Before I move onto the all-important one-sheet, I realized I left an important component out of my powerpoint presentation on how to package yourself with class (and this series of posts is based on that presentation). If you missed it, catch up on the first section of these important personal branding techniques that every successful Christian author employs well.
Since this series covers packaging yourself in print, online, and in person, I realized this is almost like your in-person one sheet, a verbal one sheet so to speak…your elevator pitch!
Every author should have an elevator speech
I’ve been encouraging authors for decades to create a 15-30 second “elevator pitch” and memorize it. You need to be able to clearly and concisely tell someone what your book is about and leave them wanting more. This can easily be tweaked to highlight your speaking ministry and the topics you speak on.
The reason it’s called an elevator speech or pitch is because the amount of time you have to share what you do, what your book is about, or what you speak is about the length of a ride up to your floor in an elevator.
Penny Sansevieri discussed the use of an elevator pitch in an article at Author Marketing Experts:
“When would you use an elevator pitch? You might use it to promote yourself to the media, to book a speaking event, or to pitch a blogger. Elevator pitches can be used for a number of reasons and in a variety of ways. Once you create a great elevator pitch, you may find yourself using it over and over again. That’s a good thing!”
Here are 7 steps to executing a killer elevator pitch:
- Pray and ask God for wisdom and insight as to what to say and how to say it. (Matt. 10:19)
- On a blank piece of paper and list out the benefits someone receives from reading your book or listening to you speak. Hone in on the needs you meet for the audience who most needs to hear your message. What makes you and/or your message unique?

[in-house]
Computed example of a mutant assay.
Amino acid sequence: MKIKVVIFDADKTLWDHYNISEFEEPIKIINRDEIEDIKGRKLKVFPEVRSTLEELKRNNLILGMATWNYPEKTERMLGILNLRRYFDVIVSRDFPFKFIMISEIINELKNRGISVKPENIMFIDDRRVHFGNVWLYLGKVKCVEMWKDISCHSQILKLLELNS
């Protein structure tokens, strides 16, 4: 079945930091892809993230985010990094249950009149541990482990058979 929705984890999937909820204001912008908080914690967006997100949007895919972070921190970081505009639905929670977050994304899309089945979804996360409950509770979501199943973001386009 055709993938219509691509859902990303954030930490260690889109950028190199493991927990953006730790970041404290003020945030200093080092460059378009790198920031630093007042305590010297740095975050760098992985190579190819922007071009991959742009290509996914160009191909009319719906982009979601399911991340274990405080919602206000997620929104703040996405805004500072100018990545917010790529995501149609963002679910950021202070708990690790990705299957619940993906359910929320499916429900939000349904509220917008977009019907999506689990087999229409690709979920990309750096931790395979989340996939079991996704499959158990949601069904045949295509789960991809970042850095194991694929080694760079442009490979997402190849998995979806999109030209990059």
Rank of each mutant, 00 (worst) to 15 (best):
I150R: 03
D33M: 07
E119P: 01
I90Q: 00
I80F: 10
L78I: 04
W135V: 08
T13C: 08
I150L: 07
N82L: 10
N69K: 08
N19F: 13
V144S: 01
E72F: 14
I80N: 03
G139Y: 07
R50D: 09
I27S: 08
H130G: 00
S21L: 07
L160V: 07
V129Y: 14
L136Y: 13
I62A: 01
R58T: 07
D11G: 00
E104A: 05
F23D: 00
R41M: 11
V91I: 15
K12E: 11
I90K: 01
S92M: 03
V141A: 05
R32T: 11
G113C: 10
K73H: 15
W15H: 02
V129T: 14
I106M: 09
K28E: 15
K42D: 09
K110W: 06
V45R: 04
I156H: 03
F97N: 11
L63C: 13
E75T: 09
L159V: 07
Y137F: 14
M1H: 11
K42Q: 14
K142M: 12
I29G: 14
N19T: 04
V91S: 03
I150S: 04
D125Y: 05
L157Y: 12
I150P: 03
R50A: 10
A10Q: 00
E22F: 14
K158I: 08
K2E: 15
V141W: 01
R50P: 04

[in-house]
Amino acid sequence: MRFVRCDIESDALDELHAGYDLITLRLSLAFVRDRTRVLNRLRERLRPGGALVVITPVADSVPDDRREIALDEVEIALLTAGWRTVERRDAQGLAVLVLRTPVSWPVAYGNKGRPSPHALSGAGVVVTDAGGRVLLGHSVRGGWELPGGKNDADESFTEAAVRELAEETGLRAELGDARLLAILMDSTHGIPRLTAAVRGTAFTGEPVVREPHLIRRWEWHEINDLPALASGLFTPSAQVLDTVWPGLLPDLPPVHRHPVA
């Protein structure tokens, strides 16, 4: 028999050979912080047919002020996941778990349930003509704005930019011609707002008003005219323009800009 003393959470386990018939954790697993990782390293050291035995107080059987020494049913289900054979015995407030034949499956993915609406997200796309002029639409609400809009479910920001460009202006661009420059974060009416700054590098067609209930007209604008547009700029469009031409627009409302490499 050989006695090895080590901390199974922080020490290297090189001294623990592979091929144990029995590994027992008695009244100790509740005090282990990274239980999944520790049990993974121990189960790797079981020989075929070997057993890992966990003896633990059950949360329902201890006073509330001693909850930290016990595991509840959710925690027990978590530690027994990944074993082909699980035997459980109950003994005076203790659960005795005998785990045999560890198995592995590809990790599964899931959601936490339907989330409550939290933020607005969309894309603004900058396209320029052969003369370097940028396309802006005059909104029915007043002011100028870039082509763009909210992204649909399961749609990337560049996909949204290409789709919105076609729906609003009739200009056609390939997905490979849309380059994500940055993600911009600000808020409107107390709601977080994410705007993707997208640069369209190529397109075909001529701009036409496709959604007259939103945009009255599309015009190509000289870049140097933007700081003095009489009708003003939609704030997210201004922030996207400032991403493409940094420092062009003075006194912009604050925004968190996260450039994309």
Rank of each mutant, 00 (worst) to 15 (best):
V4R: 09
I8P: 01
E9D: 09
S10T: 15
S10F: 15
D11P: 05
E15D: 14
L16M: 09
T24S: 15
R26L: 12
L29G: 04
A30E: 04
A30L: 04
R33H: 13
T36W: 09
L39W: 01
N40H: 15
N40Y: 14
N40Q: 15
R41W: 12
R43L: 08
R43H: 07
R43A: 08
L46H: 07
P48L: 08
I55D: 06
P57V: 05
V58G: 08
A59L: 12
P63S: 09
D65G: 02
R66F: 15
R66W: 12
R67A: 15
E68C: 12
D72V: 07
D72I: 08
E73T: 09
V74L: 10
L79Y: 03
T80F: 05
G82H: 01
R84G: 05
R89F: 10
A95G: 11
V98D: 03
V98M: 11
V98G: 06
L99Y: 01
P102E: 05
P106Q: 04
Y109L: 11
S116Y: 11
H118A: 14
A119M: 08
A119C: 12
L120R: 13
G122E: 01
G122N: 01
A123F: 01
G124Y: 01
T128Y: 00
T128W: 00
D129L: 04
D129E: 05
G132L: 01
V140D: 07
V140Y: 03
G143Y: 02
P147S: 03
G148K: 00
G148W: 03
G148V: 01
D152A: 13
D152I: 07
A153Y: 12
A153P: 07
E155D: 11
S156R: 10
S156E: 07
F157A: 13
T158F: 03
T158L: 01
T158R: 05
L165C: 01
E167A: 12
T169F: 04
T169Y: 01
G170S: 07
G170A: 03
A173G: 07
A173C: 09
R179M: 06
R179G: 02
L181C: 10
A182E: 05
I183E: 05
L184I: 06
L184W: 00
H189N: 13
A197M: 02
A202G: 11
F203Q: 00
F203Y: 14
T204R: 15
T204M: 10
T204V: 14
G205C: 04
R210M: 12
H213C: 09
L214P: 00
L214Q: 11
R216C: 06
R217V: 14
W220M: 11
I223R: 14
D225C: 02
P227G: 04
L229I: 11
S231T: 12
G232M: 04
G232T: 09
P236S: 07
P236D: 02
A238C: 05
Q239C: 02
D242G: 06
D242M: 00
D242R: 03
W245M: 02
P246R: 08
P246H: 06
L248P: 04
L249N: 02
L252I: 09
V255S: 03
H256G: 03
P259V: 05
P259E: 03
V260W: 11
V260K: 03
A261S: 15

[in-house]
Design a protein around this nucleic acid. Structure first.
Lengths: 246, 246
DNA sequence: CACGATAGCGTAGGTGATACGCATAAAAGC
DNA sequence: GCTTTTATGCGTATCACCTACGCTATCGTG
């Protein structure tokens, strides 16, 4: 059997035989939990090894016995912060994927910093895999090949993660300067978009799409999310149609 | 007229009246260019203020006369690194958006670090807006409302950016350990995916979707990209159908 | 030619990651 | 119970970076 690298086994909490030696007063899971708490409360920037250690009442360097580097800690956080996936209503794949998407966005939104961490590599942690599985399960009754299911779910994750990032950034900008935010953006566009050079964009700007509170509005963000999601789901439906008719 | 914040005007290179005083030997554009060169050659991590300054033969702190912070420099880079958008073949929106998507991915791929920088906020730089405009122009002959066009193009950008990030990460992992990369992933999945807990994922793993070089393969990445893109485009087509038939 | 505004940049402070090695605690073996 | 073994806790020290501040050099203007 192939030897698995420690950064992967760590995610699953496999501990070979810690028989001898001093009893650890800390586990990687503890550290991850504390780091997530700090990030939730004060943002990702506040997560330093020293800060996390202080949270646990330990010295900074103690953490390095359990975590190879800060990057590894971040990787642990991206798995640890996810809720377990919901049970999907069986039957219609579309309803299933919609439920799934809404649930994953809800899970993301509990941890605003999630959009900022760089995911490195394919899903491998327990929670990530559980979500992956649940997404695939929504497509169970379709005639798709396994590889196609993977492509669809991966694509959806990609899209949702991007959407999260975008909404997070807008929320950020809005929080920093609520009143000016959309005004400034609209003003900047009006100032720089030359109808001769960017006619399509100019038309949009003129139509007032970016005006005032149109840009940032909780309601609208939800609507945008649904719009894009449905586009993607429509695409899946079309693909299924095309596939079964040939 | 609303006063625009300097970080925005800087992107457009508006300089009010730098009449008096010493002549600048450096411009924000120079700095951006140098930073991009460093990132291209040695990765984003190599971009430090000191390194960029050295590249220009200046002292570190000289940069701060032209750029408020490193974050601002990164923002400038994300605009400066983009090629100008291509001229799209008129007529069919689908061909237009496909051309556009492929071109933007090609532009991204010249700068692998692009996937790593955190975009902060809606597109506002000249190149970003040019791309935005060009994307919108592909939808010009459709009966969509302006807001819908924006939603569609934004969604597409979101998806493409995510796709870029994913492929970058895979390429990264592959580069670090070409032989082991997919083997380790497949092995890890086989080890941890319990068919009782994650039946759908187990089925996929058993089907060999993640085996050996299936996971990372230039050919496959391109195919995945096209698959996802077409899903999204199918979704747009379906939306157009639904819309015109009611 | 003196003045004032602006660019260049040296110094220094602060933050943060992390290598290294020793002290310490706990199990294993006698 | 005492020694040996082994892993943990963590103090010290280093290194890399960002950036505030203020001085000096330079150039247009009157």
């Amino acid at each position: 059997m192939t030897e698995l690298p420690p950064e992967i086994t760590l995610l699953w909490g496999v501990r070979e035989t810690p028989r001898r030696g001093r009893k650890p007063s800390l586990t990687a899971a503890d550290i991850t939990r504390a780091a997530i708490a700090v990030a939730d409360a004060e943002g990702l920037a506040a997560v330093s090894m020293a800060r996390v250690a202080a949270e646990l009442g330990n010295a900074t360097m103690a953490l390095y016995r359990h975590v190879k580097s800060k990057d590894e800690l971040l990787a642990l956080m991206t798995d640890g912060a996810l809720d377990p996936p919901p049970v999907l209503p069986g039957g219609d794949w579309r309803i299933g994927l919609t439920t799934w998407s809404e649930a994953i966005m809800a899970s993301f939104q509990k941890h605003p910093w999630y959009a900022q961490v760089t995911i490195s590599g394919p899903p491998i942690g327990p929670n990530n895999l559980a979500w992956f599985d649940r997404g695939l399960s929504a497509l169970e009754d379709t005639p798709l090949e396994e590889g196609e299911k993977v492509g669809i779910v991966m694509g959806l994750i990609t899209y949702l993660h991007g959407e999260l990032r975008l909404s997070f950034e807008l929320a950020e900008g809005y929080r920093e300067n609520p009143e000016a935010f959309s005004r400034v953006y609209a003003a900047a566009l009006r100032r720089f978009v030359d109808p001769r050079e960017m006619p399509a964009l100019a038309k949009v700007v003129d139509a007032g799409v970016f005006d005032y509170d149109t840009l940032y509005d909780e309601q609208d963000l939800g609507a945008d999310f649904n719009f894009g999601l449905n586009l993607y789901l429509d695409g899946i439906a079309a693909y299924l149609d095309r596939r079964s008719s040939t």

- Circle the most compelling words and statements. Refine the wording so that it sounds like something you would easily say in a conversation. Don’t use big words or complicated sentences.
- Use some 3 x 5 cards to capture the essence of you. Using the content you’ve already created, answer the questions: What qualifies you to write/speak on your subject? What help do you offer? Who are the people you help with your message? Why is this topic your passion? Try to create two sentences beneath each headline.
- Sort the cards, putting them in order, with the most important information first. That way if you have to cut your words short you’ve shared the most vital data.
- Include an interesting statistic or fact to lend credibility to your message. Use this at the beginning to draw attention, with the goal of leaving your hearer(s) wanting more.
- Edit down to about 60 words, then a second draft down to about 25 words, just a few sentences. Then read it out loud, over and over and over again, until you can say it naturally…the last thing you want is to sound canned or phony. It needs to sound like you, and you need to be able to say it without stumbling or hemming and hawing. By memorizing both the longer and shorter pitch, you are ready for any situation. Practice makes perfect!
My Successful Elevator Pitch
When I was on the air with Always Faithful I had lots of opportunities to use my elevator pitch. People would ask “what’s your radio show about?” And I’d say:
Always Faithful encourages women to trust God even during difficult times by focusing on the faithfulness of God. I typically interview a well-known author during the first half hour, then a local woman in studio for the last half. We give away lots of books and even continue the conversation with our audience after the show at a local restaurant.
That would be enough to peak their interest and almost always resulted in them asking for more info on the show, so I could give them a business card with the station info, show time and my contact details.
Do you already have an elevator pitch? If so, please share it with us in the comments!
Still haven’t read Part One of Lasting Impressions: Package Yourself with Class? Do yourself a favor.